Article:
Program Details

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Reclaiming Women's Stories and the Feminine Principle in Buddhism


with Holly Gayley & Richard Merrill
February 7 / 6:30 PM - February 8 / 6:00 PM

As Buddhist practitioners we have heard many stories of accomplished masters, but few about accomplished women, who have remained in the shadows of history. Retrieving these stories can enliven our understanding of the dharma and the various ways that wisdom and compassion are embodied. Touching into the feminine principle and learning about a broader spectrum of role models for awakening is vital for people of all genders to help restore balance in our practice and everyday lives.


 


Reclaiming Women's Stories of Resilience & Accomplishment


Friday Night: 6:30 to 9 PM


Explore the lives of women meditation practitioners from different times and places in Buddhist history. Their stories of resilience and accomplishment can give us insight into how to use challenge, disappointment, and loss as fuel along the path of liberation. Through recovering women’s voices and experiences, we can reimagine our own approach to the spiritual journey as both individuals and as a community. This Friday night talk is open to the public and has a suggested donation of . If you wish to attend the Friday night talk only, please register on this page. (link to registration page for Friday night talk only.)


 


Wisdom, Compassion, and the Feminine Principle


Saturday: 10 AM to 6PM


Join us as we explore the social relevance of the classic Mahayana teachings on emptiness and compassion. How do we recognize habitual patterns and conditioning that keep us from recovering a sense of wholeness and connection? The Mahayana offers playful tales to see through the apparent solidity of dualism, including gender binaries, and heartfelt practices to break down the barriers between self and other. We will evoke the great mother Prajnaparamita and the female bodhisattva Tara through the teachings and practices they embody.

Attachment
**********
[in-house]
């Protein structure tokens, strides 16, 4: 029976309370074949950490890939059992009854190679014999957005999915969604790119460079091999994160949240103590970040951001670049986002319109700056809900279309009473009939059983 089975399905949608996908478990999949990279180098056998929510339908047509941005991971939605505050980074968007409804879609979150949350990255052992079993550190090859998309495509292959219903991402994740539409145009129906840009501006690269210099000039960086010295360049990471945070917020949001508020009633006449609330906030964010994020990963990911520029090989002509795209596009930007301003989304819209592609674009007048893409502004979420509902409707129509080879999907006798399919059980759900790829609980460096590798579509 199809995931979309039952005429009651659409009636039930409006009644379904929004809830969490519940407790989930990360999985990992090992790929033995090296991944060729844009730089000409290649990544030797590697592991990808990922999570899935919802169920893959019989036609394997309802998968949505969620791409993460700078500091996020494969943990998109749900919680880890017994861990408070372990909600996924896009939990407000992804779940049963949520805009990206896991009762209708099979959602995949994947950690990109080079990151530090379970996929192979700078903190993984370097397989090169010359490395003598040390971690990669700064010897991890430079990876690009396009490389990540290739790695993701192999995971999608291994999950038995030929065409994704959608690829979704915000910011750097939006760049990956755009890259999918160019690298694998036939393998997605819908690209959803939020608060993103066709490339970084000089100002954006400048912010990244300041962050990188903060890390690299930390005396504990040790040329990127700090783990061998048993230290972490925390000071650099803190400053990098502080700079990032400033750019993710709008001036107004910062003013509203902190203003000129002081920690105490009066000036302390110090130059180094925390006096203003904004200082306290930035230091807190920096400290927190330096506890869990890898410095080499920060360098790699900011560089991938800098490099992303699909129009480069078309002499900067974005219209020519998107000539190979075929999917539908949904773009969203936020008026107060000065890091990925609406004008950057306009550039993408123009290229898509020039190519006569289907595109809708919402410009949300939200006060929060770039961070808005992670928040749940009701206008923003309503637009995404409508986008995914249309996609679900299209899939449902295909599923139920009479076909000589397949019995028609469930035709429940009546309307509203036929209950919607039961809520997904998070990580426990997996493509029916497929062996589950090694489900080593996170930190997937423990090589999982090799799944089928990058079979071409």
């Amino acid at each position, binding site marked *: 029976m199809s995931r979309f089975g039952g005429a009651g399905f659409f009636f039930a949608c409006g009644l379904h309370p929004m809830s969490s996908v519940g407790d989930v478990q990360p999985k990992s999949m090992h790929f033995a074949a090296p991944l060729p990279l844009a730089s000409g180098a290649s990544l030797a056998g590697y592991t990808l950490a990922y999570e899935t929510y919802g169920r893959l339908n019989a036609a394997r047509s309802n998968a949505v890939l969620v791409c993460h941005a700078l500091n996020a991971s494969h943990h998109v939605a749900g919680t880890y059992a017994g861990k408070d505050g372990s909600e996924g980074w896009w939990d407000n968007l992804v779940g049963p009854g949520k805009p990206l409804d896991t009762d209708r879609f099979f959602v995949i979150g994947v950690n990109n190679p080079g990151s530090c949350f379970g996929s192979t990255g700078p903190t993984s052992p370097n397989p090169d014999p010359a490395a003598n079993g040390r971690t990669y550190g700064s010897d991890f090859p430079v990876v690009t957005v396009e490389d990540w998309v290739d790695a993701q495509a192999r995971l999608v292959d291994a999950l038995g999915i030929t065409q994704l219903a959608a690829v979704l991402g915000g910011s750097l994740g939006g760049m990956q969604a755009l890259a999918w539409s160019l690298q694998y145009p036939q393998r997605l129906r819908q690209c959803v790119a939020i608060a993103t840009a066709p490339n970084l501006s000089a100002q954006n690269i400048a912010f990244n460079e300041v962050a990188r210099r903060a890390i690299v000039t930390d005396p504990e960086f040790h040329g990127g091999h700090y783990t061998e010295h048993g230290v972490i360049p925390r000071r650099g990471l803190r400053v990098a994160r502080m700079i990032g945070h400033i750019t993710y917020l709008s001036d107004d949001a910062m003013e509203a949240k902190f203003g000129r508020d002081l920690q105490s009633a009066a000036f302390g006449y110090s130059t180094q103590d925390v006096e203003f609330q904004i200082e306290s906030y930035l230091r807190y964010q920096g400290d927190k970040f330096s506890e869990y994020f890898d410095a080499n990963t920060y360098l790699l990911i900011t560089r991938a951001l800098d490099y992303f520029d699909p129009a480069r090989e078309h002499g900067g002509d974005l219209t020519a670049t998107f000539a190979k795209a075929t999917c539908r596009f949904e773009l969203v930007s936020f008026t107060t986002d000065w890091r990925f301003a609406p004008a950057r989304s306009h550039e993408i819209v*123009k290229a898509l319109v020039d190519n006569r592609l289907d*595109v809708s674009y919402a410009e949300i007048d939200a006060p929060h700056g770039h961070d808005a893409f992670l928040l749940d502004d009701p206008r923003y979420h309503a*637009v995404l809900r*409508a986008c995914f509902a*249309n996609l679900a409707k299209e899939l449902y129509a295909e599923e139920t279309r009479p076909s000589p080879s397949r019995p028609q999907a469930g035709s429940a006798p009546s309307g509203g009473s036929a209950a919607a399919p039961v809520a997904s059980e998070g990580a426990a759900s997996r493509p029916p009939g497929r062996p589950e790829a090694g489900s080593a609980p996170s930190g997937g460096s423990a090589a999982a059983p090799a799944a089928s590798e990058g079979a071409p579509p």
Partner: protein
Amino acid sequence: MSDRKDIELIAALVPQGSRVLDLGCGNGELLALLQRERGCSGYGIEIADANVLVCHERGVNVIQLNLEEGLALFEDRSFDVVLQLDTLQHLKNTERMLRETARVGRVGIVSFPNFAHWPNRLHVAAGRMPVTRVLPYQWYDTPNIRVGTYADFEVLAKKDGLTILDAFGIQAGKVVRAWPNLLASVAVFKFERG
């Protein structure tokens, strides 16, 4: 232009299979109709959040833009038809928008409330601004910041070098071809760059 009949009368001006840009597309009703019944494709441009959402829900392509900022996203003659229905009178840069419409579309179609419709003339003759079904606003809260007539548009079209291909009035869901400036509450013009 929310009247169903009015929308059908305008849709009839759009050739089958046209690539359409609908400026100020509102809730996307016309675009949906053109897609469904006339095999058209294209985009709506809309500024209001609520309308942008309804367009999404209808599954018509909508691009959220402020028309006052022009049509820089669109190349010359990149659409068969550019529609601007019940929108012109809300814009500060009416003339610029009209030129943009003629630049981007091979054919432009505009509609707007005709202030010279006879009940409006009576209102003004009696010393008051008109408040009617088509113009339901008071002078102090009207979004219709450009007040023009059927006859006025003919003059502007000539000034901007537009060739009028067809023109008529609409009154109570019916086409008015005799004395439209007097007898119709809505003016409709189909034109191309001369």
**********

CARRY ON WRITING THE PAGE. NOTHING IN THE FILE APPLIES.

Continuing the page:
The day will include engaging in compassion practice, dialogues and movement exercises. Through practicing contemplative movement, we rediscover our innate capacity to live more fully and know directly through awareness anchored in non-conceptual embodiment. We will explore a sense of returning home, lowering the center of gravity and trusting the raw, unfiltered, pre-verbal wisdom that is our natural inheritance. Participants are encouraged to modify the movement work as they desire in order to feel comfortable and safe.


 This program will assist us in understanding how we have been shaped by social conditioning, foster healing and resilience, and connect us to the play of open space.


 


Bios


ACHARYA HOLLY GAYLEY, a professor of Buddhist Studies and senior teacher in the Shambhala lineage, has focused her research and writings on the stories of Buddhist women practitioners. Most recently, in her book Love Letters from Golok: A Tantric Couple in Modern Tibet, Gayley chronicles the courtship between two Buddhist tantric masters, Tāre Lhamo and Namtrul Rinpoche, and their role in reinvigorating Buddhism in eastern Tibet in the wake of the Cultural Revolution.


 


RICK MERRILL is professional dancer and choreographer. He performed and taught for many years in New York City, throughout the US and Europe and most recently was a senior faculty member in the Theatre and Dance Department of Western Washington University. A member of the Shambhala Buddhist community since 1974, Rick teaches meditation and embodied contemplative movement


Questions? Please contact Sydney Munger at [email protected].

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